News from 04/03/2022
We’re delighted to present the wine-makers at the latest partner winery to join the Gourmet Odyssey Wine Experience. Cheli and Jerome are the owners and wine-makers at Chateau Cohola in Sablet and you can now adopt some organic vines in the Cotes du Rhone in the stunning setting next to the Dentelles de Montmirail.
Chateau Cohola is located on the slopes that make up the great terroir of the AOC Cotes du Rhone Villages Sablet. This boutique winery is organically certified and has 4 hectares of vines planted on 15 terraces, made up of Syrah and Grenache Noir for the red and rosé wines, and Viognier, Grenache Blanc, Roussanne and Marsanne for the white wines. The vines take up half of the winery, the other half being used for the olive, truffle, and cherry trees, and the bee hives for producing the winery’s honey.
We met up with Cheli & Jerome to ask them a few questions for our wine-maker profile series and to get to know them better.
Cheli and Jerome, how long have you been wine-makers?
Our journey has always been intimately linked to wine. We studied wine related courses at university and then pursued careers with Bordeaux and Burgundy wine merchants before finally ending up in the Rhone Valley. After creating our wine merchant business in 2002, we decided to buy a winery in Sablet in 2013, and so Château Cohola was born.
What has been your journey since you took over the winery?
Since taking over the winery in 2013, we have developed the organic methods used, drawing on the natural habitat that surround us. Over the years, we have painstakingly restored the 15 terraces of the vineyards. Our other passion is beekeeping. We have around a hundred bee hives that produce delicious lavender and wild flower honey. We also have olive and cherry trees.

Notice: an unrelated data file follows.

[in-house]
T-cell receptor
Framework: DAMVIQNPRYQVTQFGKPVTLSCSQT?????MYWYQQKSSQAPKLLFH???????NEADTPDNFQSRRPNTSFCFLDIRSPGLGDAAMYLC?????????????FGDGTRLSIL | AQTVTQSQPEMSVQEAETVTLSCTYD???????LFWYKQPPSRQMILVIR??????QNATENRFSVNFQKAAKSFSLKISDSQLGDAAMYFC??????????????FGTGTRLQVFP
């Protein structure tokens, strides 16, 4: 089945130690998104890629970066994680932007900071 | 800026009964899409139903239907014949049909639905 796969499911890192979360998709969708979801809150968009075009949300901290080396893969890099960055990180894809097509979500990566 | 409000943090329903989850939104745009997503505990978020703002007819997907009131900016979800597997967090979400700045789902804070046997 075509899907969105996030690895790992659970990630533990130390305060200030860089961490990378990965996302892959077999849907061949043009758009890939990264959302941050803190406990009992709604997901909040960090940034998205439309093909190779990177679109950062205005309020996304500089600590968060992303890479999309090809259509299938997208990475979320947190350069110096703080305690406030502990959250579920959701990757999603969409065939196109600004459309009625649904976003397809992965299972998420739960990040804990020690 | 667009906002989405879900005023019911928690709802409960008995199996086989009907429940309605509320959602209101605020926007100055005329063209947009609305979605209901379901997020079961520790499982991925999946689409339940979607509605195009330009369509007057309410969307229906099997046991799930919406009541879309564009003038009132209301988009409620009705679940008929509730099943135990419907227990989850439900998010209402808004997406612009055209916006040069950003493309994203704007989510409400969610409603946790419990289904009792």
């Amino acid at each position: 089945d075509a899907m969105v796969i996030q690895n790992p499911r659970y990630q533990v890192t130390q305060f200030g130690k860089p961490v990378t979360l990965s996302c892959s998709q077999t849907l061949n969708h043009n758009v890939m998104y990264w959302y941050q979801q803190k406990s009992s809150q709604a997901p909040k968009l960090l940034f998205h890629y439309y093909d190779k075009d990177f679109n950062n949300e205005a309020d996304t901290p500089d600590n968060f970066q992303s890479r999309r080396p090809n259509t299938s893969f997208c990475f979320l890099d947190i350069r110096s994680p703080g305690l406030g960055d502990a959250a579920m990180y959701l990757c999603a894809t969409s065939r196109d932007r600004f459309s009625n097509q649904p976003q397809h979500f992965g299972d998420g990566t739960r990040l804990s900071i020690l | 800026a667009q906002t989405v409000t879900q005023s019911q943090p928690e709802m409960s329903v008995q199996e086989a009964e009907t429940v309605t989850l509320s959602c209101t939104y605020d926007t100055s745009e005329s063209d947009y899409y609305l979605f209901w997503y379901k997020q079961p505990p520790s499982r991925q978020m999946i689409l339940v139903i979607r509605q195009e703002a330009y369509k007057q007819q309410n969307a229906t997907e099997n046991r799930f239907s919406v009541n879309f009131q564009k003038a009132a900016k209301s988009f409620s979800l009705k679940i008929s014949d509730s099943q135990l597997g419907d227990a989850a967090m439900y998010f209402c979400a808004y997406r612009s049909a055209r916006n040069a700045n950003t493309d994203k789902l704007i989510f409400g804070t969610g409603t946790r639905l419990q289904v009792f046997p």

What is your best memory so far concerning the winery?
A few instantly come to mind. Perhaps the strongest memory, and one that was a turning point for the winery was meeting an exceptional shepherd which in turn led to us welcoming his flock of sheep to graze on the grass in our vineyards. The complicity between the animal and the vegetal showed us that nature was in equilibrium.
We also get a thrill at the end of June when the vegetation is in full development and the photosynthesis in full flow as the cicadas sing.
The harvest period is also a very exciting time in the year, a physical period, but also very motivating as it’s the result of a whole year’s work. It symbolises the unfaltering effort and diligence of each of us in nurturing the vines through to harvest time.
And more recently, welcoming the actor Jean Dujradin to film a scene in the vineyard for his latest film was an unforgettable experience. We were very happy to have been able to share some time with him on the set of “Les Chemins de Pierre”. One of the scenes was filmed just next to the plot where the adopted vines of the Gourmet Odyssey apprentice wine-makers are located.
What are your principal projects or challenges for the coming months?
The main challenge that our wine-making region is facing is how to adapt to the changing climate and the chronic water shortage that is setting in. Our organic vines are better prepared in periods of drought, but we need to go further in the research of the farming and wine-making techniques that we use. We have had very little rain since the beginning of the year, and that has repercussions that can delay the bud burst and reduce the yield. We need to study the use of irrigation, not to boost production, but to support the vines. By evaluating the humidity, the water storing capacity of our soil, and studying weather patterns, we will be able to determine the irrigation system that is best adapted to supporting our vines.
On the wine-making side of things, we are very happy with the launch of our new, limited series, “TBF” wine. It is a blend of our three types of ageing methods used. T for “Terre” (earth) because some of the wine is aged in an earthenware amphora. B for “Bois” (wood) and the 500 litre oak barrels from the Seguin-Moreau cooperage used for some of the wine. And F for “Fer” (iron), and the stainless steel barrel used to age the remaining wine. After blending and bottling, the bottles are sealed using the bees wax from our hives.
A question that our clients often ask. What do winemakers do when they have a little time to themselves?
Time is always short, but rest is always necessary. To keep in touch with nature I do Nordic walking, and as a couple we regularly do pilates and yoga. We also like to cook and receive guests. Whether its family or friends, it’s essential for us to share our experiences and slices of life.
Learn more about adopting vines at Château Cohola
Return to list